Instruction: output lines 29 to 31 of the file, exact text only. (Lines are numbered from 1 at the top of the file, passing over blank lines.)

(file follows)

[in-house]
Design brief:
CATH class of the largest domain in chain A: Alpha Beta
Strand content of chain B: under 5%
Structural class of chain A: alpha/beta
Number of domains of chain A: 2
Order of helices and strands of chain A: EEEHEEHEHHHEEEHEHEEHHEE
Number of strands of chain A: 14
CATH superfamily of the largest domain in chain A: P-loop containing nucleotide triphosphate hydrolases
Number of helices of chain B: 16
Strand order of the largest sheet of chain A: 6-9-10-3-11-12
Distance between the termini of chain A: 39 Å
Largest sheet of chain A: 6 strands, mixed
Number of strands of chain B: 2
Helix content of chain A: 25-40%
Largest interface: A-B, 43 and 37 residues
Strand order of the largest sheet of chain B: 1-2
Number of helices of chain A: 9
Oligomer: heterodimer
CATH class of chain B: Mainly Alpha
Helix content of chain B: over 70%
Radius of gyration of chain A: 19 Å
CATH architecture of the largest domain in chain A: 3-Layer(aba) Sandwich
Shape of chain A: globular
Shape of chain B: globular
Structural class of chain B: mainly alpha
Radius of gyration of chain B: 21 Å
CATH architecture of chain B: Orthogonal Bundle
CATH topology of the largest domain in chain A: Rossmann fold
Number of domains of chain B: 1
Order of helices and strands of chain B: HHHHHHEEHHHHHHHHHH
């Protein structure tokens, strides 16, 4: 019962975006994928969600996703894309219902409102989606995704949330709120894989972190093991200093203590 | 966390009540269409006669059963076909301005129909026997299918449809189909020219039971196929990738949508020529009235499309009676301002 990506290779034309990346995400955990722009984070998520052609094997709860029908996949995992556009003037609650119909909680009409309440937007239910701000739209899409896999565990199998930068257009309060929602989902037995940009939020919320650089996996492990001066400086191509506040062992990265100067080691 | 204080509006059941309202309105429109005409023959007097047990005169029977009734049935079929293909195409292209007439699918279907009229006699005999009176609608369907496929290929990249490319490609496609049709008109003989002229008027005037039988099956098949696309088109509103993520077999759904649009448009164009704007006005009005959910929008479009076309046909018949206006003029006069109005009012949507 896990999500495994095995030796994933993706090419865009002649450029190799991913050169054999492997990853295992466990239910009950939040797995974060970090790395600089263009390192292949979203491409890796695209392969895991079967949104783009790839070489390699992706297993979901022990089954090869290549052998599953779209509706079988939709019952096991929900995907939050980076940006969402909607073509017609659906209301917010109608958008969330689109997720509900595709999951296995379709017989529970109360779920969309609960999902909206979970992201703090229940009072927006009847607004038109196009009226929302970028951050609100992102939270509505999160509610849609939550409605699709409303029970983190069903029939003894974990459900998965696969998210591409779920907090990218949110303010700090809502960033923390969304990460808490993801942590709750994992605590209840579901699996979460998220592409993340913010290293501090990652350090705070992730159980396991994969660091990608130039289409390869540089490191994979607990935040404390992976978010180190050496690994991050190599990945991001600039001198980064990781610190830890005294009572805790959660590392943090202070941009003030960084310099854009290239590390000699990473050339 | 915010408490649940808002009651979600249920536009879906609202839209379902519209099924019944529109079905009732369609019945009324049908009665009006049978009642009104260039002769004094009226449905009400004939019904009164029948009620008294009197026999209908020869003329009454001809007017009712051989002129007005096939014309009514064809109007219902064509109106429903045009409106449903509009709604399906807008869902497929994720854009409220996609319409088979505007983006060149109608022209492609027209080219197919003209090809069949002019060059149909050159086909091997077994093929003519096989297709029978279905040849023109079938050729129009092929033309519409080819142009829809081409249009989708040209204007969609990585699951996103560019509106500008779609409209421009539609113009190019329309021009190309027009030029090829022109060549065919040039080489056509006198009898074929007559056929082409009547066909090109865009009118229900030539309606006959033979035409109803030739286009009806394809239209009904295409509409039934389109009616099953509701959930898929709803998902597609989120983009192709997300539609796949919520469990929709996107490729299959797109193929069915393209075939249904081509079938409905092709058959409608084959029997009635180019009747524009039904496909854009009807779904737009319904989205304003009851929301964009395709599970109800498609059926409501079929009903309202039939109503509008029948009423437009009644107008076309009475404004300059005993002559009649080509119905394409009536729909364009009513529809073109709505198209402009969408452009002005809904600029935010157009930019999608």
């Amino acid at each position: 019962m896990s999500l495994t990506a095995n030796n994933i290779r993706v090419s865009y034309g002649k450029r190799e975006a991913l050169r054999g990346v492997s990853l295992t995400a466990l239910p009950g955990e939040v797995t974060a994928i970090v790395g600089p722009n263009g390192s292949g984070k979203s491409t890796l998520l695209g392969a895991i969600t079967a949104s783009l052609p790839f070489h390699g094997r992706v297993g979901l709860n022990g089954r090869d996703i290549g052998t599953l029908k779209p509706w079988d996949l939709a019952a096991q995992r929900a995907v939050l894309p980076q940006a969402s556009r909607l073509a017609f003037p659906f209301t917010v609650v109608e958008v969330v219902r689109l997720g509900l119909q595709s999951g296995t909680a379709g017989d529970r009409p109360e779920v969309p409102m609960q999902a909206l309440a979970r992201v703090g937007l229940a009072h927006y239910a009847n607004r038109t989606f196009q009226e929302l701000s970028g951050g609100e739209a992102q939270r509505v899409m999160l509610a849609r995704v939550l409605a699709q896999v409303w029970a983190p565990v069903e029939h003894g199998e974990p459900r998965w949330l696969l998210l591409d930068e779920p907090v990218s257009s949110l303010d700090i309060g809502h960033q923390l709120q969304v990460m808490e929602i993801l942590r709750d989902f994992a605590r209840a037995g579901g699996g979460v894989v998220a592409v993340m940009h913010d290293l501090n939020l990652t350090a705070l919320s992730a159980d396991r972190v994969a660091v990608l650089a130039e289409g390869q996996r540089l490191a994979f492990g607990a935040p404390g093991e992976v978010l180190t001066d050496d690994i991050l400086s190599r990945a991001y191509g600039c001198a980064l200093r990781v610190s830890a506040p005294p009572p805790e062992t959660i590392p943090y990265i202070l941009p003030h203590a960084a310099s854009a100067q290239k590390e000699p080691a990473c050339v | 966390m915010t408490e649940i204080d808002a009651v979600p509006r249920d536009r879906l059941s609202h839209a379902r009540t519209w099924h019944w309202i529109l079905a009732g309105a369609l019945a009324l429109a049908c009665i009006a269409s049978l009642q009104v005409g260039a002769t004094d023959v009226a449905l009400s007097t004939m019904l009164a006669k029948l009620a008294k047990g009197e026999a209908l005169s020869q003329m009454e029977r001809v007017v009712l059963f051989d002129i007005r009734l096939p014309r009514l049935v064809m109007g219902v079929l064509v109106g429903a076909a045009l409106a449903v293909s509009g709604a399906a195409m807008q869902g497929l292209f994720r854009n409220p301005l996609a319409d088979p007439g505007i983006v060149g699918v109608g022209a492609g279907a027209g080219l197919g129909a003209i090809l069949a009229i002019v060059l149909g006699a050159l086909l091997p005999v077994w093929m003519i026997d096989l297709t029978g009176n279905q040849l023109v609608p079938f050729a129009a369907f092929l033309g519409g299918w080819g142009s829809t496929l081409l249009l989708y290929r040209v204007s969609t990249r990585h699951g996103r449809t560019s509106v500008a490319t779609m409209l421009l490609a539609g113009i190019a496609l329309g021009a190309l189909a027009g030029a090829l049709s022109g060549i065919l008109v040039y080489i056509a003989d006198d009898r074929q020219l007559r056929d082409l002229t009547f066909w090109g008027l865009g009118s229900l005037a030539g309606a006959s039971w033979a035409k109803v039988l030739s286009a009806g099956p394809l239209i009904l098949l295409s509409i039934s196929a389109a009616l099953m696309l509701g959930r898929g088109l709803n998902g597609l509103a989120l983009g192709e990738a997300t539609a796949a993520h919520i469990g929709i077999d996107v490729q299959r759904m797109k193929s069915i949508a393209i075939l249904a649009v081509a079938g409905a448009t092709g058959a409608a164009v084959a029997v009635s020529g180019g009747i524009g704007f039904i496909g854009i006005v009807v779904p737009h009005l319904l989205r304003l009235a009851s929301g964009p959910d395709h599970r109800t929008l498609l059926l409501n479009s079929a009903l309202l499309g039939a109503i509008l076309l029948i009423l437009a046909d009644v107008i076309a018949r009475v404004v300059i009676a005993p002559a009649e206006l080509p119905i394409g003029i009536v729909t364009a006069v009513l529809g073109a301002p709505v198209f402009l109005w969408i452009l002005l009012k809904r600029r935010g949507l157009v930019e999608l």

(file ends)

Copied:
CATH topology of the largest domain in chain A: Rossmann fold
Number of domains of chain B: 1
Order of helices and strands of chain B: HHHHHHEEHHHHHHHHHH